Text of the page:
Am I at risk of pelvic floor problems?

January 6, 2015

A lot of time during my classes, on my facebook page and in blogs on this website I talk about the pelvic floor and pelvic floor safe exercise.  But what does all that mean?  And how do you know whether you are at risk of problems/or already having problems?

 

What is the pelvic floor?

It is simply a group of muscles and connective tissue that forms the floor of your pelvis - a supportive hammock that supports your pelvic organs (bladder, bowel, and if females, the uterus), assists to maintain continence, contributes to sexual function/sensation, and contribute to supporting your spine, pelvis & hips.

 

Sounds like they are important, right?  They are but they don't do it alone.

The pelvic floor does not work in isolation in these roles, working together with muscles in your abdomen, spine, and hips for example, as well as the diaphragm.  It is the balance between these muscles and how they are controlled that is important.  You might have heard this integrated muscle function termed your 'core', 'core muscles', 'core stability' or 'core strength'.

 

Who is at risk of pelvic floor problems?

Pelvic floor problems are not limited to women, however, key physiological events for women such as pregnancy, childbirth and menopause can contribute to pelvic floor problems.  So given that 99.9% of women accessing this website are pregnant or recently had a baby, this means you are at risk of developing pelvic floor problems during this period.  This is why it is so important that we maintain exercise for health & fitness but do it in a graded pelvic floor & abdominal muscle safe way.   So make sure that the fitness professionals looking after you at this time know about pelvic floor safe exercise.

 

Did you also know that elite athletes or people who undertake a lot of high-impact (running/jumping etc.) or high resistance (lift heavy weights/exercise with heavy resistance) exercises can also be at risk?

 

What about people who experience a lot of constipation or need to strain when they go to the toilet? Or people who have had back pain or an injury to their pelvis?  People who cough or sneeze a lot (asthma/hayfever)?  And people who are overweight?

Yes, they are all at risk.

 

What are the signs or symptoms of pelvic floor problems?

The obvious one is having continence problems - leaking urine, faeces or even wind accidently.  This could be in response to activities such as coughing/sneezing/jumping/ laughing etc.  The simple message here is that any unexpected leakage, no matter how large or small, is a continence problem and should be addressed.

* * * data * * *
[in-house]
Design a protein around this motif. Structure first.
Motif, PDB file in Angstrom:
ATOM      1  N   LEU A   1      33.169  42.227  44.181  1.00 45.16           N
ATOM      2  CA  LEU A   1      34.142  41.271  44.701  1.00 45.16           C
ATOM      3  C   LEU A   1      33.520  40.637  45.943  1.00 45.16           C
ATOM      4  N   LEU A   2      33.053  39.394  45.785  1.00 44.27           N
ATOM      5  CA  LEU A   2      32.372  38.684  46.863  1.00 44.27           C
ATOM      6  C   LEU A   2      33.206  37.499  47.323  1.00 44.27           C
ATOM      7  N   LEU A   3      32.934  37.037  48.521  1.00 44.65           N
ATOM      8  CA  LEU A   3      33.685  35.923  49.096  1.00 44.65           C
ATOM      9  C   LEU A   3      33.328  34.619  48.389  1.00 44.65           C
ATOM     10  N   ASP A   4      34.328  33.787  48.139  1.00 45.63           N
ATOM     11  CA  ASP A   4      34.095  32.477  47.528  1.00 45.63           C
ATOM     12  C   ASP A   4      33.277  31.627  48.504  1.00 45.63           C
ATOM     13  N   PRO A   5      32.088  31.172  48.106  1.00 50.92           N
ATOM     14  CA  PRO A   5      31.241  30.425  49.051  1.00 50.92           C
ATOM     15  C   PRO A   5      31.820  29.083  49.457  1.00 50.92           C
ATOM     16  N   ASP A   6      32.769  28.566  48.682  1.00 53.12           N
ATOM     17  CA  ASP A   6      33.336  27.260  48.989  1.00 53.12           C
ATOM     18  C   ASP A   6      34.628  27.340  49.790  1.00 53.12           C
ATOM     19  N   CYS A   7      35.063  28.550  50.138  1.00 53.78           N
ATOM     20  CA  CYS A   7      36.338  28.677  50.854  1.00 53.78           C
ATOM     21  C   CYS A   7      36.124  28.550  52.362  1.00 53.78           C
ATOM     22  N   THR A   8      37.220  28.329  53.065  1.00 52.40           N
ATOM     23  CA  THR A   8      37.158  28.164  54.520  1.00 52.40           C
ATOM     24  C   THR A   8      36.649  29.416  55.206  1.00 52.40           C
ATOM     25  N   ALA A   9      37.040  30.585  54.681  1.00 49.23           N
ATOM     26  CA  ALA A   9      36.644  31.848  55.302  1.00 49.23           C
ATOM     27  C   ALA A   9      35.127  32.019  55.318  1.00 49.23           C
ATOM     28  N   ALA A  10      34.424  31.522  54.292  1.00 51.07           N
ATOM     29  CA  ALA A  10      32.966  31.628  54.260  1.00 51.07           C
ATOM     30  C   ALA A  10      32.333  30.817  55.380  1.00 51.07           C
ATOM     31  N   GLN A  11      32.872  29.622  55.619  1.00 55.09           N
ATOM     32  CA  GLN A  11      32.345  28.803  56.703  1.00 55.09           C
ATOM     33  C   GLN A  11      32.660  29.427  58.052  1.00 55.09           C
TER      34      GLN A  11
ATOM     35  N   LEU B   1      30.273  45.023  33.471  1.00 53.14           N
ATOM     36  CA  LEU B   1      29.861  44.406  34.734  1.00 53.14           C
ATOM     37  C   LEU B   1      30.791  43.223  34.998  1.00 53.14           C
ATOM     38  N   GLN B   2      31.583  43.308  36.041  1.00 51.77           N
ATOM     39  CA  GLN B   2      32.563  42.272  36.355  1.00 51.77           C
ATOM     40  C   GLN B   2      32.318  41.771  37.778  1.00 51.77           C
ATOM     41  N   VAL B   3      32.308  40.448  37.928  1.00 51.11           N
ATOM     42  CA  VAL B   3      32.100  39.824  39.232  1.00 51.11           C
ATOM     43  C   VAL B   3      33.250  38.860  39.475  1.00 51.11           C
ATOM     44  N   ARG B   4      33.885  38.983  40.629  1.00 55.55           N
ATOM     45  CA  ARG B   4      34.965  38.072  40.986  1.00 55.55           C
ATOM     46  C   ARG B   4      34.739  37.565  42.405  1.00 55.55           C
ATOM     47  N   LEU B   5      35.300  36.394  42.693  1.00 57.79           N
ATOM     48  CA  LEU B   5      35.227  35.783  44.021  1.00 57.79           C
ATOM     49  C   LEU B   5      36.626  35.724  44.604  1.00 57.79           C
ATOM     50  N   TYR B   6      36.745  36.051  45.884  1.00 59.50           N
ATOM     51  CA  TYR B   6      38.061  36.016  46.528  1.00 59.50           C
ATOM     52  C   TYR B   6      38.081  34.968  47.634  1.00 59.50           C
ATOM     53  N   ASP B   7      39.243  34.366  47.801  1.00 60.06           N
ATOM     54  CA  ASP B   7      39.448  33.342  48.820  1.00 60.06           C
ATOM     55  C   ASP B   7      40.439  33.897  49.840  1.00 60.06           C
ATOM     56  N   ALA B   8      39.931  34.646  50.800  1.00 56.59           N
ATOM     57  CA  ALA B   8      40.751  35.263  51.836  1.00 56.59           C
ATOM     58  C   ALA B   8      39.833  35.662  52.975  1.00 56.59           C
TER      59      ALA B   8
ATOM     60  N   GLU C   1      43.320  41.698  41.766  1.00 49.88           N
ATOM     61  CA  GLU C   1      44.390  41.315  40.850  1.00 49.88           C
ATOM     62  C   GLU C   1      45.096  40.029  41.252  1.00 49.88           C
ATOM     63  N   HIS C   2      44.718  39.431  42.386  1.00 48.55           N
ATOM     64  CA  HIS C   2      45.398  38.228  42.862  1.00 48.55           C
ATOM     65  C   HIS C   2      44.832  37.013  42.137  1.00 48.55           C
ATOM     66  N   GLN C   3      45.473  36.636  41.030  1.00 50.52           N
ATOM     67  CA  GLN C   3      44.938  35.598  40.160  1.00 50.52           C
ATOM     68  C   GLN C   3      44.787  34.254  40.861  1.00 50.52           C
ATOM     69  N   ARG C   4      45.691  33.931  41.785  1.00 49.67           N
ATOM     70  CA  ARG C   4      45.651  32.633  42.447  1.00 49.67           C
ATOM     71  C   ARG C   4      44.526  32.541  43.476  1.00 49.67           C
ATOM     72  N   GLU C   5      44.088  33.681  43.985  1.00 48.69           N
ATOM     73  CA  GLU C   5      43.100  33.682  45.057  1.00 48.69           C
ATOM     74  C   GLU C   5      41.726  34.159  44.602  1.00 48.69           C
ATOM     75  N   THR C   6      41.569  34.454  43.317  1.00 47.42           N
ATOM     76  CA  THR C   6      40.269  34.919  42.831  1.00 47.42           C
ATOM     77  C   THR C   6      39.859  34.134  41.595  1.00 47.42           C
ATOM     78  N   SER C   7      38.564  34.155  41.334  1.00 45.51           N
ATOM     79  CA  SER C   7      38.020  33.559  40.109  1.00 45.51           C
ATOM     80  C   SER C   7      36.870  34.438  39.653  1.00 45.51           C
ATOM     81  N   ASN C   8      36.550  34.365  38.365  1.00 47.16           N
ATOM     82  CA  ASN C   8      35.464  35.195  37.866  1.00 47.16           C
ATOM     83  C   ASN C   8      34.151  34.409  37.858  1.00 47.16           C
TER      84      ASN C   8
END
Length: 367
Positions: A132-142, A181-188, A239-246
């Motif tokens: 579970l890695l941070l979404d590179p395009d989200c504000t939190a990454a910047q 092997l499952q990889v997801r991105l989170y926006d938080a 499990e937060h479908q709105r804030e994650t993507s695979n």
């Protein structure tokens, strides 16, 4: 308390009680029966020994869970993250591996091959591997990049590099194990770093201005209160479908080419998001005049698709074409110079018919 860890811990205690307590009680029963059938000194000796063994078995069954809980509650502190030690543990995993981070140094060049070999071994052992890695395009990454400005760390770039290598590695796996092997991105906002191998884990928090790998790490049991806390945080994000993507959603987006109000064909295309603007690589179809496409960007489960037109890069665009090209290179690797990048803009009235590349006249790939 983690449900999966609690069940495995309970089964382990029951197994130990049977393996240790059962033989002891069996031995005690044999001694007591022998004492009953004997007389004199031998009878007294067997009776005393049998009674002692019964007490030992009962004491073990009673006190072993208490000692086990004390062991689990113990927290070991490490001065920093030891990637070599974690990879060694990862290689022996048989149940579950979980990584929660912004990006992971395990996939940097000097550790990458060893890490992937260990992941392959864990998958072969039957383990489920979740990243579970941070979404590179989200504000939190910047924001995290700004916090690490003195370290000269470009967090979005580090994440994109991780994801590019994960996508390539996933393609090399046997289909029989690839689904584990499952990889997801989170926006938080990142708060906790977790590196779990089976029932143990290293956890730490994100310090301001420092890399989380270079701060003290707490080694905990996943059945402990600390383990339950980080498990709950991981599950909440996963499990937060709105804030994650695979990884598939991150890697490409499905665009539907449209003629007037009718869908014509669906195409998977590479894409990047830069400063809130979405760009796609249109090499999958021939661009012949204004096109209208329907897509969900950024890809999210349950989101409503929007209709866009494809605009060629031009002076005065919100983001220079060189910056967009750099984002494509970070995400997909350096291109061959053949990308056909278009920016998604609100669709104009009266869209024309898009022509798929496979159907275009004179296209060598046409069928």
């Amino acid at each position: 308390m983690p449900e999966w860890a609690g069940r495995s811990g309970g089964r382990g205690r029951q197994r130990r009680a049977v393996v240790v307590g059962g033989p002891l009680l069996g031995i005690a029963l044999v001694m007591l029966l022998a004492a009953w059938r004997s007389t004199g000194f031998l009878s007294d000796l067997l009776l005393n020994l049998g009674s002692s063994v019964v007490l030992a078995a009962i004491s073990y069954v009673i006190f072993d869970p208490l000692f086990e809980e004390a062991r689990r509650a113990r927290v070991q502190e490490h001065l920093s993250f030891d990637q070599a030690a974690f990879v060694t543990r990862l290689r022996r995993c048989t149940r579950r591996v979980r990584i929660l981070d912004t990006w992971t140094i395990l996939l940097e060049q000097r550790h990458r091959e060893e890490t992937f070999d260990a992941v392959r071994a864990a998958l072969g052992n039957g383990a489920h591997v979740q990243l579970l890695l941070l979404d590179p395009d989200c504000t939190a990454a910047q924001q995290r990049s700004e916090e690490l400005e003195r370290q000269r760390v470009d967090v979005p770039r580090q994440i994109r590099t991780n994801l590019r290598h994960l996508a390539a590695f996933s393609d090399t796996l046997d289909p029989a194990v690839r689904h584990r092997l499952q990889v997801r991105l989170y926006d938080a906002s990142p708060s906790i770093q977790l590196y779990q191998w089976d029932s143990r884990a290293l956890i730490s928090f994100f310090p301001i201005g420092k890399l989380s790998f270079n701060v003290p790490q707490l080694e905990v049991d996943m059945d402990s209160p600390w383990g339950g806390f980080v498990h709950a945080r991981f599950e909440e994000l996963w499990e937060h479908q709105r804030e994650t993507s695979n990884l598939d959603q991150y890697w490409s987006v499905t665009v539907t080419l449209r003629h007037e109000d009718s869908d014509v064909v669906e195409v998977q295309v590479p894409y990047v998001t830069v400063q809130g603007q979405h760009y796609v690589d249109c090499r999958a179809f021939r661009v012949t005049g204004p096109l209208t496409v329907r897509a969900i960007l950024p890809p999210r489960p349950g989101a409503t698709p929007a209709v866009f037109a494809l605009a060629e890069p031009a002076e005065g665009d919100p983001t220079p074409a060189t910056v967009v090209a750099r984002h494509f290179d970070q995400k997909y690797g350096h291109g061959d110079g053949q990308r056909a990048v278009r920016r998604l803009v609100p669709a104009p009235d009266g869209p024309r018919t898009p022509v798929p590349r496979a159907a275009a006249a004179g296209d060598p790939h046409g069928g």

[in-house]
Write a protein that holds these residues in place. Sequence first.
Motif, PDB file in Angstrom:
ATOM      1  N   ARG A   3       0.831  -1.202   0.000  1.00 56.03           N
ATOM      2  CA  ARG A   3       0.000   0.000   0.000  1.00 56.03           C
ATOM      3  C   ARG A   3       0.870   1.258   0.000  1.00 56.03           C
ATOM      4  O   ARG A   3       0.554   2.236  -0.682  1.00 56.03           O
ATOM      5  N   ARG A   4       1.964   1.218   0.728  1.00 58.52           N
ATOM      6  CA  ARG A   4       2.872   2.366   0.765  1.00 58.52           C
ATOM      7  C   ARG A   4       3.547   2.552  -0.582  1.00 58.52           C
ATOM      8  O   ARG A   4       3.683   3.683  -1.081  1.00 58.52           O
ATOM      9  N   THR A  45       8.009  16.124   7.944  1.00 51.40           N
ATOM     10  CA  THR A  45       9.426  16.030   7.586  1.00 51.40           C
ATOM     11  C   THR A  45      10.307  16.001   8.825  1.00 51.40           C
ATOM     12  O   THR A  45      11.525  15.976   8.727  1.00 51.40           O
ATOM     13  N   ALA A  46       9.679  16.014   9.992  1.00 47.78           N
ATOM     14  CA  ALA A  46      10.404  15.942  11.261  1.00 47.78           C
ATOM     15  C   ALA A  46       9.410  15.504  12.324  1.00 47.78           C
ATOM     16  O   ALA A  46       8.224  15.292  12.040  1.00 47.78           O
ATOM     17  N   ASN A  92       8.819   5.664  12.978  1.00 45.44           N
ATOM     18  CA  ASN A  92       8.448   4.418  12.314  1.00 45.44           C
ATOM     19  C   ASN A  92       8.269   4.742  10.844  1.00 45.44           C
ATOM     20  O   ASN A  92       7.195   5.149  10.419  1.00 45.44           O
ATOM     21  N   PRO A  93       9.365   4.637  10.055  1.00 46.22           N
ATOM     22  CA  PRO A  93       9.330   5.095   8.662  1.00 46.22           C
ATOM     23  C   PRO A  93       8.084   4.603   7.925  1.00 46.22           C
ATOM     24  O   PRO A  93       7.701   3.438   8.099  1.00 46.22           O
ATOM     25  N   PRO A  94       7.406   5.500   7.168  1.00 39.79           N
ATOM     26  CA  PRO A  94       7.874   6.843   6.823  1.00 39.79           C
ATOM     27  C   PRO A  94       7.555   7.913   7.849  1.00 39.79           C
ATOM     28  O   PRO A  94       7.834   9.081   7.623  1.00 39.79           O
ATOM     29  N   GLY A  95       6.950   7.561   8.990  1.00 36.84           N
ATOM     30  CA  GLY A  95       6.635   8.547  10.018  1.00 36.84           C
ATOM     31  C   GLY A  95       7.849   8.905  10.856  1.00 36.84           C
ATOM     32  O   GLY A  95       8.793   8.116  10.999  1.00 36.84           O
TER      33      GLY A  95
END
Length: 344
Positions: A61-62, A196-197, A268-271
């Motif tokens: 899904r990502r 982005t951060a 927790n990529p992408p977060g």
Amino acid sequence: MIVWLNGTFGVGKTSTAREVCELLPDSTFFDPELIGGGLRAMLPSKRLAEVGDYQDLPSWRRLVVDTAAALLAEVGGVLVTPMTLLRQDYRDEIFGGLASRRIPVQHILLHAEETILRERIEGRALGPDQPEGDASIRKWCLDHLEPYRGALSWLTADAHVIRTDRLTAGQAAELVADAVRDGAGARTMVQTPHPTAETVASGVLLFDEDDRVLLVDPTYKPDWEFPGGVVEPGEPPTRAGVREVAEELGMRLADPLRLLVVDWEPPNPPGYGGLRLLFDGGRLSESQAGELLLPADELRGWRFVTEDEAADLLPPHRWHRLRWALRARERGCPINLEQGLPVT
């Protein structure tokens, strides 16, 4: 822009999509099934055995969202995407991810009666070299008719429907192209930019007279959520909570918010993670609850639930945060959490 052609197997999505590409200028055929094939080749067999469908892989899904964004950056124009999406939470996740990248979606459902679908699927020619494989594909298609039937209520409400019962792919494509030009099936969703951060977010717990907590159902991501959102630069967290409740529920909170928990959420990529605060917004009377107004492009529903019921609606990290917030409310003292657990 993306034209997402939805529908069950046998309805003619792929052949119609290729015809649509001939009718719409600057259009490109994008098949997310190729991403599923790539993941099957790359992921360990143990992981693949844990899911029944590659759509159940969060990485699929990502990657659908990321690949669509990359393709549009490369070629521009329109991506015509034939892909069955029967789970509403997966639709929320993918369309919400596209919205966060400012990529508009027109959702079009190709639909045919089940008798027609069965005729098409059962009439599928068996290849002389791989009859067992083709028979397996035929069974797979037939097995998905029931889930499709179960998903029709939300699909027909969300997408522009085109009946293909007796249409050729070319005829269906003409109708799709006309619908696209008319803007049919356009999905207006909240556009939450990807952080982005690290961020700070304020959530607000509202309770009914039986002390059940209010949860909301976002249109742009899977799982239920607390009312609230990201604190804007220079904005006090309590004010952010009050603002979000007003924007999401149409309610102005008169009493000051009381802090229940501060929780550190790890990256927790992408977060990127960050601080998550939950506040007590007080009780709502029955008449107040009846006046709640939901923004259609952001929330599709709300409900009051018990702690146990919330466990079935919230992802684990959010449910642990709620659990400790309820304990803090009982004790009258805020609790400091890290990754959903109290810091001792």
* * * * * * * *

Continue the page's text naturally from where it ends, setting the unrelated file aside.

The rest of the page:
Did you also know that going to the toilet to wee frequently (greater than 7 times a day with only small amounts), urgently needing to go (not being able to hold on/rushing to go), and difficulty using your bladder or bowels (straining to go) can also be a sign of problems?

 

Pain in the pelvic region and painful sex can also be signs of a pelvic floor problem.

 

Prolapse (sagging/bulge of pelvic organs) also represent a pelvic floor problem.  A prolapse in women might present has heaviness, dragging or bulging in the vagina, back/pelvic pain or even as difficulty using your bladder or bowel.

 

The Continence Foundation of Australia has an excellent website called Pelvic Floor First (www.pelvicfloorfirst.com.au) that has a range of resources and information about the Pelvic floor and looking after it. 

 

If you are concerned about your pelvic floor then it is wise to talk to your doctor, or a continence & women's health physiotherapist.  Many pelvic floor problems and their symptoms can be treated, and often cured.

 

Also, if you are about to embark on a new exercise program, why not complete the pelvic floor screening tool with your fitness professional to ensure that your exercise program is pelvic floor safe and matched to your level.

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